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Volturno
Origin near Rocchetta a Volturno
Mouth Tyrrhenian Sea
Basin countries Italy
Length 175 km
Source elevation c. 500 m
Avg. discharge 82.1 m³/s
Basin area 5,550 km²

The Volturno (ancient Latin name Volturnus, from volvere, to roll) is a river in south-central Italy.

Contents

Geography

It rises in the Abruzzese central Apennines of Samnium near Rocchetta a Volturno (province of Isernia, Molise) and flows southeast as far as its junction with the Calore River near Caiazzo and runs south as far as Venafro, and then turns southwest, past Capua, to enter the Tyrrhenian Sea in Castel Volturno, northwest of Naples. The river is 175 km long.

After a course of some 120 km it receives, about 8 km east of Caiazzo, the Calore River. The united stream now flows west-southwest past Capua, where the Via Appia and Latina joined just to the north of the bridge over it, and so through the Campanian plain, with many windings, into the sea. The direct length of the lower course is about 50 km, so that the whole is slightly longer than that of the Liri-Garigliano, and its basin far larger.

History

The river has always had considerable military importance, and the colony of Volturnum (no doubt preceded by an older, possibly even Etruscan, port of Capua) was founded in 194 BC at its mouth on the south bank by the Romans; it is now about one mile inland. A fort had already been placed there during the Roman siege of Capua to serve, with Puteoli, for the provisioning of the army. Augustus placed a colony of veterans here. The Via Domitiana from Sinuessa to Puteoli crossed the river at this point, and some remains of the bridge are visible. The river was navigable as far as Capua.

In 554, the Byzantine general Narses defeated a Frankish-Alamannic army near this river, during the Gothic War.

Following the invasion of southern Italy by revolutionary forces led by Giuseppe Garibaldi in 1860, Francis II of the Two Sicilies fled from Naples and took up a defensive position on the south bank of the Volturno, near S. Maria di Capua Vetere. The Piedmontese troops and those of Garibaldi inflicted on the Neapolitan forces at the battle of the Volturno, on October 1 and 2, a defeat which led to the fall of Capua.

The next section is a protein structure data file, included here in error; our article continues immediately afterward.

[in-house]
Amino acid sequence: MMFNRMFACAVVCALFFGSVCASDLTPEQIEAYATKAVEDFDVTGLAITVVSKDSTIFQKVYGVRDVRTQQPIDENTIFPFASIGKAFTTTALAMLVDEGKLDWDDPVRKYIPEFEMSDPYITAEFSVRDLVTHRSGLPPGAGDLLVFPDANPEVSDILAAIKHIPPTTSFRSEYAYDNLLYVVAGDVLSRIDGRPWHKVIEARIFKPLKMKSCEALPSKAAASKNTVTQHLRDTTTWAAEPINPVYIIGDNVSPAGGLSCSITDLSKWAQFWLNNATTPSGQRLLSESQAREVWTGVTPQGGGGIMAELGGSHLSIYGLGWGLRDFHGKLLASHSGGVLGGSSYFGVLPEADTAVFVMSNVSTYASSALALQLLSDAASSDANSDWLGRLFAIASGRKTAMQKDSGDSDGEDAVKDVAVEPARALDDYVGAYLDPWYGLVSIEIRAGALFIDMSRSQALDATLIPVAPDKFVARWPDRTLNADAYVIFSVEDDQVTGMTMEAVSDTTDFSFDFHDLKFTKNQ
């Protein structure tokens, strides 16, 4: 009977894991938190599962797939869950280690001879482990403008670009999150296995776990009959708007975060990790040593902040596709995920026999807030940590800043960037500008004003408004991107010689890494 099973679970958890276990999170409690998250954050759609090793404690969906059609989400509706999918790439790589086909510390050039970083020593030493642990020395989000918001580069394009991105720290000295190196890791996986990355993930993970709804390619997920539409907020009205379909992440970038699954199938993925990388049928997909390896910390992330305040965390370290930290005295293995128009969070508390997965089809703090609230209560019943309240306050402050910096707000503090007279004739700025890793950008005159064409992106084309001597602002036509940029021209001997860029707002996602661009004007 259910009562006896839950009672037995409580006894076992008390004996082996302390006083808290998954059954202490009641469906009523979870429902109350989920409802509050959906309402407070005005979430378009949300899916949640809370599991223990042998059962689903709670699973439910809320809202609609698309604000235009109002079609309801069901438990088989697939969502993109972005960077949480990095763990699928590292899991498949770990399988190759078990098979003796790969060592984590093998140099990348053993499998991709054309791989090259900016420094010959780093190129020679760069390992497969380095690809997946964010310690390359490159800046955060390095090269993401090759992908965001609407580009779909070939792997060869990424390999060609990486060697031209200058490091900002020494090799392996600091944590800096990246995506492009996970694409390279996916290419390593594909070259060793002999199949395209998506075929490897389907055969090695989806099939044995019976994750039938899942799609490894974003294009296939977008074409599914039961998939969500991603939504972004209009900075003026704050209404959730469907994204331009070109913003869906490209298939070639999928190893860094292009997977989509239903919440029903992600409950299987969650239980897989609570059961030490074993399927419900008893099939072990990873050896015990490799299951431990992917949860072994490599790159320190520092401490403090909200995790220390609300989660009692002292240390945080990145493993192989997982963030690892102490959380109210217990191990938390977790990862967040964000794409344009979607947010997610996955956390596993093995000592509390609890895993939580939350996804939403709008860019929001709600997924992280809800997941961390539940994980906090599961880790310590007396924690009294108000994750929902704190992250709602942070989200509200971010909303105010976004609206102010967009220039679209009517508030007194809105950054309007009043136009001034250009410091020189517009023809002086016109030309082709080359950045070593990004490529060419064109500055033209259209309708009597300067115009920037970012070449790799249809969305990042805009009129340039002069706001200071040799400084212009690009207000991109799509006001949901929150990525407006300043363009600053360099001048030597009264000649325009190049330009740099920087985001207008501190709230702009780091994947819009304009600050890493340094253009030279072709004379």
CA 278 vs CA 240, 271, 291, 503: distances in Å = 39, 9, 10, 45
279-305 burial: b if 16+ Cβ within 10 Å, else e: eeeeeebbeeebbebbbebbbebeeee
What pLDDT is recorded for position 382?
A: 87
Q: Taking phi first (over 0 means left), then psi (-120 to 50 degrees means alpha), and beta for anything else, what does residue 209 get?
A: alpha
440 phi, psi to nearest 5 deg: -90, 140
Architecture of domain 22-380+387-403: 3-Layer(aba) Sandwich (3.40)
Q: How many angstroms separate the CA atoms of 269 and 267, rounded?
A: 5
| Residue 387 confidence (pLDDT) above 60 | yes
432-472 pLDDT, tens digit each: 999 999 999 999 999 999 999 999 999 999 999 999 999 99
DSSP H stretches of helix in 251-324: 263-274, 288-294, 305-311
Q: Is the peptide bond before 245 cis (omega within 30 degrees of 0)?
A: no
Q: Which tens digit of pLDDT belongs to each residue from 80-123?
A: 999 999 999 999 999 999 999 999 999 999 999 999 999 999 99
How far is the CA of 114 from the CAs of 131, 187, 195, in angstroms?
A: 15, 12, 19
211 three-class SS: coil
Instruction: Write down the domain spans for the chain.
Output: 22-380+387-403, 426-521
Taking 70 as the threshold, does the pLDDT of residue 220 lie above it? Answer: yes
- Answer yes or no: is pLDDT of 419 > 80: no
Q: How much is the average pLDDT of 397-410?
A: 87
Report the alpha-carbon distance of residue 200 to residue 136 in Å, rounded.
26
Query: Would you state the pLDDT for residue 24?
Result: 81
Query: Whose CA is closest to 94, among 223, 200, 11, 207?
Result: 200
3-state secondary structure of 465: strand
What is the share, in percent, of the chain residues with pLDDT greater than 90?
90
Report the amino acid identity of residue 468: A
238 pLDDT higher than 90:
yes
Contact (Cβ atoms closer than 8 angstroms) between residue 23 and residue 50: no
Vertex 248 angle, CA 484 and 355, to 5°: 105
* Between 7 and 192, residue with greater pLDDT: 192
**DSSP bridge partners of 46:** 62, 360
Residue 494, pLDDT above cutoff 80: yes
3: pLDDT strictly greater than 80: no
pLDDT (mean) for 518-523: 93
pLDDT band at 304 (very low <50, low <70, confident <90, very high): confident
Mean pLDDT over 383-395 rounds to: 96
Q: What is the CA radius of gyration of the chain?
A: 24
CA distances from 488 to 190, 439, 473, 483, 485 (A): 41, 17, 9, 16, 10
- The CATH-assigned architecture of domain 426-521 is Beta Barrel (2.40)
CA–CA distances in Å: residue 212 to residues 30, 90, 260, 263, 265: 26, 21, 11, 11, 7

The Volturno also gave its name to the Volturno Line, a German defensive position in Italy during World War II.

See also

Sources

Wikisource-logo.svg "Volturno". Encyclopædia Britannica (11th ed.). 1911.  

Coordinates: 41°5′30″N 14°3′24″E / 41.09167°N 14.05667°E / 41.09167; 14.05667

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1911 encyclopedia

Up to date as of January 14, 2010

From LoveToKnow 1911

VOLTURNO (anc. Volturnus, from volvere, to roll), a river of central Italy, which rises in the neighbourhood of Alfedena in the central Apennines of Samnium, runs S. as far as Venafro, and then S.E. After a course of some 75 m. it receives, about 5 m. E. of Caiazzo, the Calore, only 3 m. less in length,which runs first N. and then W., and after 37 m. reaches Benevento, near which it receives several tributaries; then curves round the mountain mass to the N. of the Caudine Forks, and so beyond Telese joins the Volturno. The united stream now flows W.S.W. past Capua (anc. Casilinum), where the Via Appia and Latina joined just to the N. of the bridge over it, and so through the Campanian plain, with many windings, into the sea. The direct length of the lower course is about 31 m., so that the whole is slightly longer than that of the Liri, and its basin far larger. The river has always had considerable military importance, and the colony of Volturnum (no doubt preceded by an older port of Capua) was founded in 194 B.C. at its mouth on the S. bank by the Romans; it is now about one mile inland. A fort had already been placed there during the Roman siege of Capua, in order, with Puteoli, to serve for the provisioning of the army. Augustus placed a colony of veterans here. The Via Domitiana from Sinuessa to Puteoli crossed the river at this point, and some remains of the bridge are visible. The river was navigable as far as Capua. On the 1st of October 1860 the Neapolitan forces were defeated on the S. bank of the Volturno, near S. Maria di Capua Vetere, by the Piedmontese and Garibaldi's troops, a defeat which led to the fall of Capua. (T. As.)


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